The incremental cost of redundant transceivers is just a few hundred dollars per node for either 10 Mbits/sec or 100 Mbits/sec. At Gigabit Ethernet levels, the cost could exceed a thousand dollars per node. This cost, however, is relative because it "buys" a manageable, inexpensive insurance policy against network outages.
Redundant transceivers also offer scalability. Network administrators can mix and match 10-Mbit/sec, 100-Mbit/sec, and 1-Gbit/sec redundant units as needed, including both copper and fiber. With this scalability, the network reaches higher speeds without a complete conversion or upgrade. Administrators can also selectively upgrade the network by migrating some users to higher speeds.
A typical redundant transceiver installation would involve a connection between a server and a group of users or involve an entire department. Traditionally, the connection would have had only one link between a hub and the server, exposing the department to network failure in the event of a power outage or other accident. With a redundant transceiver at the hub, two links to the server are established--only one of the links is active. The cables generally would not be buried in the same conduit or put in the same raceway in a building. They are routed differently--in case of a problem--ensuring that the network is protected against failure.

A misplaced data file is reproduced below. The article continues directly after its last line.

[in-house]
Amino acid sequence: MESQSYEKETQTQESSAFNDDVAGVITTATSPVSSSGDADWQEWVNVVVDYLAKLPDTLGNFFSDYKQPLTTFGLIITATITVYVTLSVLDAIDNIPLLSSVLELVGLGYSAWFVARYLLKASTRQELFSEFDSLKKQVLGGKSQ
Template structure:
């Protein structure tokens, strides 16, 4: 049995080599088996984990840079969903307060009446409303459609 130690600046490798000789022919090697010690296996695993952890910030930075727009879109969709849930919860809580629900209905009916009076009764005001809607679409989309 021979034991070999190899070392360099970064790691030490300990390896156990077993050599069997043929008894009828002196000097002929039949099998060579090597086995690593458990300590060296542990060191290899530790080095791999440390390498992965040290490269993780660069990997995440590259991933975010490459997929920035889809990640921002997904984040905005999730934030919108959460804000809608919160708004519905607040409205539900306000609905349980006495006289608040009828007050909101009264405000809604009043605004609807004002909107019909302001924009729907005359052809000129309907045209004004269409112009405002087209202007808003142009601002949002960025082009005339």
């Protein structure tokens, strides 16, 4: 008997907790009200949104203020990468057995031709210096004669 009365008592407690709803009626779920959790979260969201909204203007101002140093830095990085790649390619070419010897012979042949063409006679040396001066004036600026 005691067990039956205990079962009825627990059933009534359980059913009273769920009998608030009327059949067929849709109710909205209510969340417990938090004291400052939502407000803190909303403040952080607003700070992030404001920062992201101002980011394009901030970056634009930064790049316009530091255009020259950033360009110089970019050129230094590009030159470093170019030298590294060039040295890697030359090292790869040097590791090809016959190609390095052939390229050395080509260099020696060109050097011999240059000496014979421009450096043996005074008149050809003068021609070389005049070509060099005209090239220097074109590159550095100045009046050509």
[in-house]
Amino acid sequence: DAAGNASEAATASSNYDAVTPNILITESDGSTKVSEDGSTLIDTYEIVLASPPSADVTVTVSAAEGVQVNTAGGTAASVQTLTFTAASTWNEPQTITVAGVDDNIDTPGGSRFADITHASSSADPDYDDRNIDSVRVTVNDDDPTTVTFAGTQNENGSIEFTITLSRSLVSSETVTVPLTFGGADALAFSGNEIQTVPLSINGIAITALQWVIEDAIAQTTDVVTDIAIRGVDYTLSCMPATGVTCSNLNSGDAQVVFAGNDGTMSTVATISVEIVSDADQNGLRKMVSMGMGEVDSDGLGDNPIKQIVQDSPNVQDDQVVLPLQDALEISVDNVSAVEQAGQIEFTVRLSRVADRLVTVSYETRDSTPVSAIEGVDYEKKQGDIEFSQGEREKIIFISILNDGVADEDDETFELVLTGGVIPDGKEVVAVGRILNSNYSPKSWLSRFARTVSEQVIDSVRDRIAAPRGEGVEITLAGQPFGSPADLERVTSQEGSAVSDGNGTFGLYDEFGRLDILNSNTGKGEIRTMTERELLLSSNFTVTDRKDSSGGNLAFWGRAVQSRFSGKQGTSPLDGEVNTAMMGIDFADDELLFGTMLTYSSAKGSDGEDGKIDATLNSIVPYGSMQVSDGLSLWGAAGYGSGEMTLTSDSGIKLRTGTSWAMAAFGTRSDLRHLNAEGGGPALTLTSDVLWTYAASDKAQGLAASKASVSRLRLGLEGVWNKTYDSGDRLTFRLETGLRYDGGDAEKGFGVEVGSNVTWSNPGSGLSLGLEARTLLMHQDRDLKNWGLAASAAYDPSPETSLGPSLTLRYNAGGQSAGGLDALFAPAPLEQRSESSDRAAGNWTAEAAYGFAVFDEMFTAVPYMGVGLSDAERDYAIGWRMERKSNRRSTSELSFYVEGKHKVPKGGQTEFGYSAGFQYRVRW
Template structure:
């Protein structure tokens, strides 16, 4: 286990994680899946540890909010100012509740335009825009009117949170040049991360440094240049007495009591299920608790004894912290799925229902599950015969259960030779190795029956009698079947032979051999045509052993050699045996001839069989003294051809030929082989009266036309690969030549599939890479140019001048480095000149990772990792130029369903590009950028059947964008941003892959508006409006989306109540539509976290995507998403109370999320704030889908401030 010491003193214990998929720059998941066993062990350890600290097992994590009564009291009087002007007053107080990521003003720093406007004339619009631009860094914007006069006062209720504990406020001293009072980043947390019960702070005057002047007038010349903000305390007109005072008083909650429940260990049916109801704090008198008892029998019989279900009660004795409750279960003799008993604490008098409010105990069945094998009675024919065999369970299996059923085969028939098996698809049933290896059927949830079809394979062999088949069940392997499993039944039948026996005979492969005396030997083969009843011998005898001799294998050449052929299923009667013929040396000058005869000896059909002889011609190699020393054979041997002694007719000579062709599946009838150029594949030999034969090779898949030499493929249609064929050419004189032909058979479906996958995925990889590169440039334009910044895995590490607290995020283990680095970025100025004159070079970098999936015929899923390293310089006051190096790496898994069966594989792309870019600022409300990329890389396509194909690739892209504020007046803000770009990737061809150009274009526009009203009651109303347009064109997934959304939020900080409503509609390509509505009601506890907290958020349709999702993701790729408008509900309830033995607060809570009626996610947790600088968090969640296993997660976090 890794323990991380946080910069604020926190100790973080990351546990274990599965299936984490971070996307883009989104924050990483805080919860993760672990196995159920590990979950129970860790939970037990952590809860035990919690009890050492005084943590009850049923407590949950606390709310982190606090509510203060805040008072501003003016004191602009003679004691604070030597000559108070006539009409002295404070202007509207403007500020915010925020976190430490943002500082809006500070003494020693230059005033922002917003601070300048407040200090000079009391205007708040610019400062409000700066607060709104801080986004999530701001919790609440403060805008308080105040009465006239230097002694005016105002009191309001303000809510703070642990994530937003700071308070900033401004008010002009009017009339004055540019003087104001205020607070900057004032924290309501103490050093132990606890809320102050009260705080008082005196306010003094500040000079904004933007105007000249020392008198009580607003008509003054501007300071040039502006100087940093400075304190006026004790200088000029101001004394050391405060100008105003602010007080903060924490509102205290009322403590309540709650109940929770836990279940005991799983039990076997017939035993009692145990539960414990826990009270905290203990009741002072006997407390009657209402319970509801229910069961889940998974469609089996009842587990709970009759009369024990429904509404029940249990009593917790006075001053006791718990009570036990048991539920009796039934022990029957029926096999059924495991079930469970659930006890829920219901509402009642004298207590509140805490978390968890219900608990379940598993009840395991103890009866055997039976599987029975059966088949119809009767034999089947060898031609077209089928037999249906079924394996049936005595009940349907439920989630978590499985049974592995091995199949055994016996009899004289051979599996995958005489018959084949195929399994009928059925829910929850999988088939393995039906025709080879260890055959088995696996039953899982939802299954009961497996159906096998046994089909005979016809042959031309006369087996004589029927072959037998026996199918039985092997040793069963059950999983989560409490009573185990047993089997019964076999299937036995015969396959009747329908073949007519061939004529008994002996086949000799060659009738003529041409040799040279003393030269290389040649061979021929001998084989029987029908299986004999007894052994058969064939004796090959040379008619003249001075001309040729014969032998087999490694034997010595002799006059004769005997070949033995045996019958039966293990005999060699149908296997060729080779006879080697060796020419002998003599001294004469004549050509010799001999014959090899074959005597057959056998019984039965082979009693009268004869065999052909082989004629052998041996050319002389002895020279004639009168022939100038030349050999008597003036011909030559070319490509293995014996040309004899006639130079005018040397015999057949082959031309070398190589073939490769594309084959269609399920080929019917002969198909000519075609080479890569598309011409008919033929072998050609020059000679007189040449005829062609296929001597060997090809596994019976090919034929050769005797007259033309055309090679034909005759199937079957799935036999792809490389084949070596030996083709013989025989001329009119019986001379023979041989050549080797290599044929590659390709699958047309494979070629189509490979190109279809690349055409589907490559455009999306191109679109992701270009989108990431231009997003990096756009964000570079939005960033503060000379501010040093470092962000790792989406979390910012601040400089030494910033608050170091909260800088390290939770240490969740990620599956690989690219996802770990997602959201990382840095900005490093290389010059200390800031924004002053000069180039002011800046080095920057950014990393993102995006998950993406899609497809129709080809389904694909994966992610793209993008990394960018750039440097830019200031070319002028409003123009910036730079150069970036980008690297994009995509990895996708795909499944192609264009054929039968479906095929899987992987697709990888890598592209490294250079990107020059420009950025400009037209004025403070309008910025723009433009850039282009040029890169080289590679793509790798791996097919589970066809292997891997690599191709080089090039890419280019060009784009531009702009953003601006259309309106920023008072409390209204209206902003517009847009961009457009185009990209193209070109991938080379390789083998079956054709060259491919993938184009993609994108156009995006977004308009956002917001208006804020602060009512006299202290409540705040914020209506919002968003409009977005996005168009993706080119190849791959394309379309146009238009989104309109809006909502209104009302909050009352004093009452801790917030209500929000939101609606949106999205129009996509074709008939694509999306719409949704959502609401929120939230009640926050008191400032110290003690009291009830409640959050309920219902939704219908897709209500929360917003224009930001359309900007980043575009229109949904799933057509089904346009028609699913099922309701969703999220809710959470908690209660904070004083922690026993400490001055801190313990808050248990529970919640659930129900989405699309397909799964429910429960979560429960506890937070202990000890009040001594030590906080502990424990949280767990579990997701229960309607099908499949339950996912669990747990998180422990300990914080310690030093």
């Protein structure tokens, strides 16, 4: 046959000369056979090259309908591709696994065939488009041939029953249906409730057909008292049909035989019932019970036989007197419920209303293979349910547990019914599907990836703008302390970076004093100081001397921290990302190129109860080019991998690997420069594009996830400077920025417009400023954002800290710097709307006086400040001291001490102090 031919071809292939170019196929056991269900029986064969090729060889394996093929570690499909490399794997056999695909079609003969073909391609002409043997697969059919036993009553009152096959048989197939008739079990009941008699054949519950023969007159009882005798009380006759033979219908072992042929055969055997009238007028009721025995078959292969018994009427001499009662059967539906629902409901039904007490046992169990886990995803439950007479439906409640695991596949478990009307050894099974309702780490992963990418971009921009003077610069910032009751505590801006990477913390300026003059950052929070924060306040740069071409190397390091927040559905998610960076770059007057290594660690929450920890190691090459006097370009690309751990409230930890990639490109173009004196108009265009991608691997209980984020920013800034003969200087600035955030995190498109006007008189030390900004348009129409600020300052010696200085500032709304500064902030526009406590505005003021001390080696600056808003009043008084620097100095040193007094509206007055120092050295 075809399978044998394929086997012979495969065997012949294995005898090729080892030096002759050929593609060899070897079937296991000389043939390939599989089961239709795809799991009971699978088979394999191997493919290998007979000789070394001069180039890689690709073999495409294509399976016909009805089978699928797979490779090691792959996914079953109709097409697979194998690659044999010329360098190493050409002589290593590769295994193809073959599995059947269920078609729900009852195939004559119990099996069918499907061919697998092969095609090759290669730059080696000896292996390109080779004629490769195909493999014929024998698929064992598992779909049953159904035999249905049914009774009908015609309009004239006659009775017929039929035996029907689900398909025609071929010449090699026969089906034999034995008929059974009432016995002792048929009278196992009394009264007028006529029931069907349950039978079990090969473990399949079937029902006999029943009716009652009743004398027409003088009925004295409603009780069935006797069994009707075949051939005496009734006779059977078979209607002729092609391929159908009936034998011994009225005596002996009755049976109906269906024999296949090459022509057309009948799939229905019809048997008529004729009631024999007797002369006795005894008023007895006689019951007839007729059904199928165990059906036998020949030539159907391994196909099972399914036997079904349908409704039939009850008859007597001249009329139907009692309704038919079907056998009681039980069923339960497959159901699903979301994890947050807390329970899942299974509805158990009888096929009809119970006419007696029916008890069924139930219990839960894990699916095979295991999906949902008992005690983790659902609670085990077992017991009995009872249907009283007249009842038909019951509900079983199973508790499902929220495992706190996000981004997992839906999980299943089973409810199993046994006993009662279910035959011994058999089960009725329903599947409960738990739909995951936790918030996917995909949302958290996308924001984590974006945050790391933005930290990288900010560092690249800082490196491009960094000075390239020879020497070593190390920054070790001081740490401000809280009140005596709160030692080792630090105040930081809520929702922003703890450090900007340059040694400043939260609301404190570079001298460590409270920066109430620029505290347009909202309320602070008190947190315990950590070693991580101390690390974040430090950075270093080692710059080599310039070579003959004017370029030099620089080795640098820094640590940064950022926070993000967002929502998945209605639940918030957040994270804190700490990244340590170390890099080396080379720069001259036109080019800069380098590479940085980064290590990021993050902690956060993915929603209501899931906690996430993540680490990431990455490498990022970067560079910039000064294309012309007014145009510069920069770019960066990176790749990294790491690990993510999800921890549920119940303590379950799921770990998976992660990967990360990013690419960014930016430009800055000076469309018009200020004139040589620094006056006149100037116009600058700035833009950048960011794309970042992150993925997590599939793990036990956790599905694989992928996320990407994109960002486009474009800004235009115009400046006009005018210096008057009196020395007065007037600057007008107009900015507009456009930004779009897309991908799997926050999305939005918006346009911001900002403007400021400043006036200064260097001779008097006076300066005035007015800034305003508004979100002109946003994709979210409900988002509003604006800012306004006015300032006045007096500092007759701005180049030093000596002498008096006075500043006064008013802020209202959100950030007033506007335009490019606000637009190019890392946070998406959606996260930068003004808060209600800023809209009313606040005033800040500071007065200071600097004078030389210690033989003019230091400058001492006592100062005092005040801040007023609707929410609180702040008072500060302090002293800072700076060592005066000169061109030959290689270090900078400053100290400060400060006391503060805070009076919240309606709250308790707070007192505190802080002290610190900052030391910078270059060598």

A more costly configuration involves two redundant, independent nodes. In this case, a redundant transceiver is again placed at the hub or switch. This time, however, one connection is to a switch or hub in one part of the building, the other connection to another part. Two mirror links with the same set of equipment is on either side. In the event of an emergency, one of the stations would remain up.